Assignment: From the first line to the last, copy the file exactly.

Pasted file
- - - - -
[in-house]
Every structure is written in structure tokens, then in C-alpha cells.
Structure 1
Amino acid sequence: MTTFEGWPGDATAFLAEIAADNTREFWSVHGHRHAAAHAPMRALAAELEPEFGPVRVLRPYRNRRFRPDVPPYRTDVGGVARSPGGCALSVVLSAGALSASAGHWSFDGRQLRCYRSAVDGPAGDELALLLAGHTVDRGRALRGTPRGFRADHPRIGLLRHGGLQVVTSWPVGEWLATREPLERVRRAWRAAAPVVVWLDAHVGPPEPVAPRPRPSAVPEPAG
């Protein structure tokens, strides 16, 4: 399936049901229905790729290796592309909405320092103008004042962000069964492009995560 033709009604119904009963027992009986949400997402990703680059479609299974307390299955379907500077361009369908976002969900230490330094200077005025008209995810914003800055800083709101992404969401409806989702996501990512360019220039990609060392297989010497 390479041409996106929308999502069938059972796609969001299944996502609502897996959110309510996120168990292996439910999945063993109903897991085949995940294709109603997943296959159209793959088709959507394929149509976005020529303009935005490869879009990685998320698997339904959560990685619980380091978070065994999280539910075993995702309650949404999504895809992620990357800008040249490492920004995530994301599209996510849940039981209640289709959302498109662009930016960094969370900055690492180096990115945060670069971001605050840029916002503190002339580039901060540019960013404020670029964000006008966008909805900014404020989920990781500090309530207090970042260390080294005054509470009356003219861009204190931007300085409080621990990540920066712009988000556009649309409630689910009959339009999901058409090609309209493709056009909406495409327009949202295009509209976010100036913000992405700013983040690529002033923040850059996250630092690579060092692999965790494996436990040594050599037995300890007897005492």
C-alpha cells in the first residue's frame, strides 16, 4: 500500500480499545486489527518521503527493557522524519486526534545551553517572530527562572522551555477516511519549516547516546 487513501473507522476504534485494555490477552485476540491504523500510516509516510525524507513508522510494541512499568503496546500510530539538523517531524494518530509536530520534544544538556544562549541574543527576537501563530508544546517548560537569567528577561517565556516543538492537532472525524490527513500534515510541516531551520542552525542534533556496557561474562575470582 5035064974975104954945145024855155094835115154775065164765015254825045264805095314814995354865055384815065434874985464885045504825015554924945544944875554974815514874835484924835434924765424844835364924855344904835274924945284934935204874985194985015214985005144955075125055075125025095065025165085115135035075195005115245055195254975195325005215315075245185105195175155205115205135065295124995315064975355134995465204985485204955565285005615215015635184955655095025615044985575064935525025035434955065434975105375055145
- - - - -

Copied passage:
[in-house]
Every structure is written in structure tokens, then in C-alpha cells.
Structure 1
Amino acid sequence: MTTFEGWPGDATAFLAEIAADNTREFWSVHGHRHAAAHAPMRALAAELEPEFGPVRVLRPYRNRRFRPDVPPYRTDVGGVARSPGGCALSVVLSAGALSASAGHWSFDGRQLRCYRSAVDGPAGDELALLLAGHTVDRGRALRGTPRGFRADHPRIGLLRHGGLQVVTSWPVGEWLATREPLERVRRAWRAAAPVVVWLDAHVGPPEPVAPRPRPSAVPEPAG
């Protein structure tokens, strides 16, 4: 399936049901229905790729290796592309909405320092103008004042962000069964492009995560 033709009604119904009963027992009986949400997402990703680059479609299974307390299955379907500077361009369908976002969900230490330094200077005025008209995810914003800055800083709101992404969401409806989702996501990512360019220039990609060392297989010497 390479041409996106929308999502069938059972796609969001299944996502609502897996959110309510996120168990292996439910999945063993109903897991085949995940294709109603997943296959159209793959088709959507394929149509976005020529303009935005490869879009990685998320698997339904959560990685619980380091978070065994999280539910075993995702309650949404999504895809992620990357800008040249490492920004995530994301599209996510849940039981209640289709959302498109662009930016960094969370900055690492180096990115945060670069971001605050840029916002503190002339580039901060540019960013404020670029964000006008966008909805900014404020989920990781500090309530207090970042260390080294005054509470009356003219861009204190931007300085409080621990990540920066712009988000556009649309409630689910009959339009999901058409090609309209493709056009909406495409327009949202295009509209976010100036913000992405700013983040690529002033923040850059996250630092690579060092692999965790494996436990040594050599037995300890007897005492």
C-alpha cells in the first residue's frame, strides 16, 4: 500500500480499545486489527518521503527493557522524519486526534545551553517572530527562572522551555477516511519549516547516546 487513501473507522476504534485494555490477552485476540491504523500510516509516510525524507513508522510494541512499568503496546500510530539538523517531524494518530509536530520534544544538556544562549541574543527576537501563530508544546517548560537569567528577561517565556516543538492537532472525524490527513500534515510541516531551520542552525542534533556496557561474562575470582 5035064974975104954945145024855155094835115154775065164765015254825045264805095314814995354865055384815065434874985464885045504825015554924945544944875554974815514874835484924835434924765424844835364924855344904835274924945284934935204874985194985015214985005144955075125055075125025095065025165085115135035075195005115245055195254975195325005215315075245185105195175155205115205135065295124995315064975355134995465204985485204955565285005615215015635184955655095025615044985575064935525025035434955065434975105375055145